The reason city governments restrict the number of vehicles in a metropolitan downtown is to encourage alternative forms of transportation, ones that are usually less damaging to the environment (which does not include walking, remember). But, according to EurotaxGlass's, one side effect to the proposed changes to London's Congestion Charge will be a marked decline on the resale values of some vehicles. Which cars? Why, the higher-emission ones, of course. As Adrian Rushmore, managing editor at EurotaxGlass's, says: "There would likely be a surge in part exchanges as some motorists attempt to reduce their daily running costs for commuting into the Zone, and the resulting increase in volumes of cars passing through dealers and auction houses would quickly depress prices, with no prospect of any recovery."

He continues: "Some vehicle brands might see improved sales for smaller, lower-emissions models in their range, with hybrids doubtless gaining further ground. Worst affected would be those marques whose ranges are dominated by higher-emissions cars and who currently rely on sales within the South East of England."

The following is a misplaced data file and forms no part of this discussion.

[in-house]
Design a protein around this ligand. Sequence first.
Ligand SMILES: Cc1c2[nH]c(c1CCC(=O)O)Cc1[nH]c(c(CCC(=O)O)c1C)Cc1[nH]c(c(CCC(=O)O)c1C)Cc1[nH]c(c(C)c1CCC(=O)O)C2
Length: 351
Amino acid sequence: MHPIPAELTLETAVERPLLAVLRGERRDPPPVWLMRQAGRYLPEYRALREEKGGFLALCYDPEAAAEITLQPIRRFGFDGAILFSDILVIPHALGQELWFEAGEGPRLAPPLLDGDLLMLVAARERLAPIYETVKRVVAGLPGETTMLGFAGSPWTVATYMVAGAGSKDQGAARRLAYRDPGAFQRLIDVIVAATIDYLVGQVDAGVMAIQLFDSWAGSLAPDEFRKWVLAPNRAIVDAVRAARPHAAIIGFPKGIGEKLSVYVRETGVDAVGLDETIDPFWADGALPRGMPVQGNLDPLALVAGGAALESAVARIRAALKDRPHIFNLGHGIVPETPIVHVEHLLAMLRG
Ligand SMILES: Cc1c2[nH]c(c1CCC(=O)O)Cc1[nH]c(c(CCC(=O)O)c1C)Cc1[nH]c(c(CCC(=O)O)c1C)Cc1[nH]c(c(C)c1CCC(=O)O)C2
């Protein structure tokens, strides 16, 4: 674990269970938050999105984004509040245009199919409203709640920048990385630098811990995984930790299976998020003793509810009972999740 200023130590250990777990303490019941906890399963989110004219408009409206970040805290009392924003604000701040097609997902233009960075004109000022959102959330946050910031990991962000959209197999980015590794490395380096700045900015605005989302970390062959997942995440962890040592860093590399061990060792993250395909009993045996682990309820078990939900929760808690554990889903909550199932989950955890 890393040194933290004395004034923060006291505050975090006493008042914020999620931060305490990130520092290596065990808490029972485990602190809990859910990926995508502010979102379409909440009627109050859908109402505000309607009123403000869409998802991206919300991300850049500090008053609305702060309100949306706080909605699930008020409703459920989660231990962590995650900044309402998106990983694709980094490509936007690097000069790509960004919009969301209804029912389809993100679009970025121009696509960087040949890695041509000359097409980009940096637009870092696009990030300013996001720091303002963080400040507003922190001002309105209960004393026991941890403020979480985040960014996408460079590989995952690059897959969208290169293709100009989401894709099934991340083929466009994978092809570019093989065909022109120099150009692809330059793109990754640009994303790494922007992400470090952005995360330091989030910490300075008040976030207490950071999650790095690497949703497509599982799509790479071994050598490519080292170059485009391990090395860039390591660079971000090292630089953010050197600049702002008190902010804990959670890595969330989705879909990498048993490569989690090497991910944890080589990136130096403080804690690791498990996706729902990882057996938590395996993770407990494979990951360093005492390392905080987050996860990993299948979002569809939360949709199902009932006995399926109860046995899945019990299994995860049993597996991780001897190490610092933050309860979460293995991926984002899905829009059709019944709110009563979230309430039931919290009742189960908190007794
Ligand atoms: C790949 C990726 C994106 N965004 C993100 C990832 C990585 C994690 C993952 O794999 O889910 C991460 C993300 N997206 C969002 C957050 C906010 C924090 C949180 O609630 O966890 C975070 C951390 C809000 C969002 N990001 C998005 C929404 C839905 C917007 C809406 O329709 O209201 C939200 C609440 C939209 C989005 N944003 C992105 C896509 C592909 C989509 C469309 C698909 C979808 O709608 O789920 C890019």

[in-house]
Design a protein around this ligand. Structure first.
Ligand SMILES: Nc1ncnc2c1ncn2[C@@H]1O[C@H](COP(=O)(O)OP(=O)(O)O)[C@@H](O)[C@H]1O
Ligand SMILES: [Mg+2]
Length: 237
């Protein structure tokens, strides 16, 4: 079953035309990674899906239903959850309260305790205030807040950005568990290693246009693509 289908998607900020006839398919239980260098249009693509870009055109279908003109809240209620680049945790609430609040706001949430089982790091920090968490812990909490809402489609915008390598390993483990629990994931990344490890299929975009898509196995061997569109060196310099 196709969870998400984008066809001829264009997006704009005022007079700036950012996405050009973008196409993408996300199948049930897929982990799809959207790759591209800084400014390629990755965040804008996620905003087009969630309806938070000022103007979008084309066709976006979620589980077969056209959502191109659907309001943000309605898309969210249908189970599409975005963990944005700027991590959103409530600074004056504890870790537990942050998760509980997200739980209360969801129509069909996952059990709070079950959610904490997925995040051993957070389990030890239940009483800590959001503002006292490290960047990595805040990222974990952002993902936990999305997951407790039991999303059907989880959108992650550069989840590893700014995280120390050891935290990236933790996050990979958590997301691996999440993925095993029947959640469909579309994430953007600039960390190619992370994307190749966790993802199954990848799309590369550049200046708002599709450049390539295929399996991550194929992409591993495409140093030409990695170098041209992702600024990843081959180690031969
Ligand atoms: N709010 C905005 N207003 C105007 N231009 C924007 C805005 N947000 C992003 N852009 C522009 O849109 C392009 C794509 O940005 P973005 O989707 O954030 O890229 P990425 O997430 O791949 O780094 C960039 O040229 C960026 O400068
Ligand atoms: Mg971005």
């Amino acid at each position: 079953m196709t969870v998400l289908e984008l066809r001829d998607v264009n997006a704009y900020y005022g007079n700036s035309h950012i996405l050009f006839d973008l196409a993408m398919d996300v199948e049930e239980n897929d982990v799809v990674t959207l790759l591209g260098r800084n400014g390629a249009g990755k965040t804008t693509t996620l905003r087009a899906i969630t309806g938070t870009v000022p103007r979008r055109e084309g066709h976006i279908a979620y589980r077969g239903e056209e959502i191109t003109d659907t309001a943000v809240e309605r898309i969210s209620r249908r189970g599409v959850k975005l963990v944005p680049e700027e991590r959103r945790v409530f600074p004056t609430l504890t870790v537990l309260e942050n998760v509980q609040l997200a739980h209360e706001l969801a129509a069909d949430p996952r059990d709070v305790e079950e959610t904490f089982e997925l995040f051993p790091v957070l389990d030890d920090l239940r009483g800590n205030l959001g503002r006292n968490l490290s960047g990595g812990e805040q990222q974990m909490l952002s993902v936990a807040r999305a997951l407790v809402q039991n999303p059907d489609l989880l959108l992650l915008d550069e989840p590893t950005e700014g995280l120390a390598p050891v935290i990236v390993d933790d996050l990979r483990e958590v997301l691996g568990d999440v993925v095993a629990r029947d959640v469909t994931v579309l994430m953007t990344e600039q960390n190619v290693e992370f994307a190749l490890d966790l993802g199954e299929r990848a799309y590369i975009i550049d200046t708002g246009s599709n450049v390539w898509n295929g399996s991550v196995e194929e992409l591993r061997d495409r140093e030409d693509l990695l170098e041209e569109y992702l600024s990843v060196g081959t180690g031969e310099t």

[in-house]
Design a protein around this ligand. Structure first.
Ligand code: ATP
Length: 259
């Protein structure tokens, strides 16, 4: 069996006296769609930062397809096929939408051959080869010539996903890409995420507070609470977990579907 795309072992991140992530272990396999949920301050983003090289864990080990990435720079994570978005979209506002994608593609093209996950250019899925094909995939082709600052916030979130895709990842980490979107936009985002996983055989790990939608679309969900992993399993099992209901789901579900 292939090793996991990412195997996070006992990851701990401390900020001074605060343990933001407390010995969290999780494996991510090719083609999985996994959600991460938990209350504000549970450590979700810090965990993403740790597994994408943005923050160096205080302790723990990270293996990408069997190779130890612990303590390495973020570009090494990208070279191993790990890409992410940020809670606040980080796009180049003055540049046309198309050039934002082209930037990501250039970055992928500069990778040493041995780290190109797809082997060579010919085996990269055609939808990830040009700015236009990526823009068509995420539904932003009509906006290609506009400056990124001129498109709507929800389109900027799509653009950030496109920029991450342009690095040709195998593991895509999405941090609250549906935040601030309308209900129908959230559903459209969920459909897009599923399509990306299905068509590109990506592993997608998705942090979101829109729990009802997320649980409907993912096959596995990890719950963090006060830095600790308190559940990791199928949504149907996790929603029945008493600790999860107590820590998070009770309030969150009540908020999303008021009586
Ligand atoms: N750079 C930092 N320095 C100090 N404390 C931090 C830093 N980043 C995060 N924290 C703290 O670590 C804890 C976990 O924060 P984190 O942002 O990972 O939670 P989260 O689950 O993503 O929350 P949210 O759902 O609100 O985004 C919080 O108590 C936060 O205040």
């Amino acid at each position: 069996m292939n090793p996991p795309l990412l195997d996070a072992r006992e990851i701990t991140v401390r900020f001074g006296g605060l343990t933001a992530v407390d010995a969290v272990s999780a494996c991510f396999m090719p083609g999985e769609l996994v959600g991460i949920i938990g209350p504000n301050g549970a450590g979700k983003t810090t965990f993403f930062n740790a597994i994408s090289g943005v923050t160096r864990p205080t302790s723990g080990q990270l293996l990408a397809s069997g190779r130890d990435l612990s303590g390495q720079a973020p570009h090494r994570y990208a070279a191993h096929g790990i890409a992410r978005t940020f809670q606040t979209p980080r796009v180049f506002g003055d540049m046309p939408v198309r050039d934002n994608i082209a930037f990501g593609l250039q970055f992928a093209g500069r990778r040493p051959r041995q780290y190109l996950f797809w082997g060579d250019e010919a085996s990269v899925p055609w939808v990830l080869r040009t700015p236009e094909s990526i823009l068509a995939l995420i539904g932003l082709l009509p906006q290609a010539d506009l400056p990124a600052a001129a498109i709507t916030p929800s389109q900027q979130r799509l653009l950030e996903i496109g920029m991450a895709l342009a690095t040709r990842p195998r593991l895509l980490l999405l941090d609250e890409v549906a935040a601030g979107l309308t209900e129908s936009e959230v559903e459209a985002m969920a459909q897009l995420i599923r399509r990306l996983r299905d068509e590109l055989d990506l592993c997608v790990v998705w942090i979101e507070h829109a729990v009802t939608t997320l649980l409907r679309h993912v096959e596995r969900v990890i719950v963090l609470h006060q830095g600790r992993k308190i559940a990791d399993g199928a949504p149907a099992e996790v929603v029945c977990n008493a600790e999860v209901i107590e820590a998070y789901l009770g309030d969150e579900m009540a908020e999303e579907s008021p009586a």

Um, yeah. That's part of the process, Adrian. Weaning people off of the bigger-is-better model. If you have a family of seven and you need your SUV, then you've got to figure out a way to pay for all the things you use, including your vehicle. If that SUV becomes fairly worthless to the rest of the people, then tough. If you need it, use it and take your lumps. Making our lives more sustainable is not going to be painless.

[Source: EurotaxGlass's]

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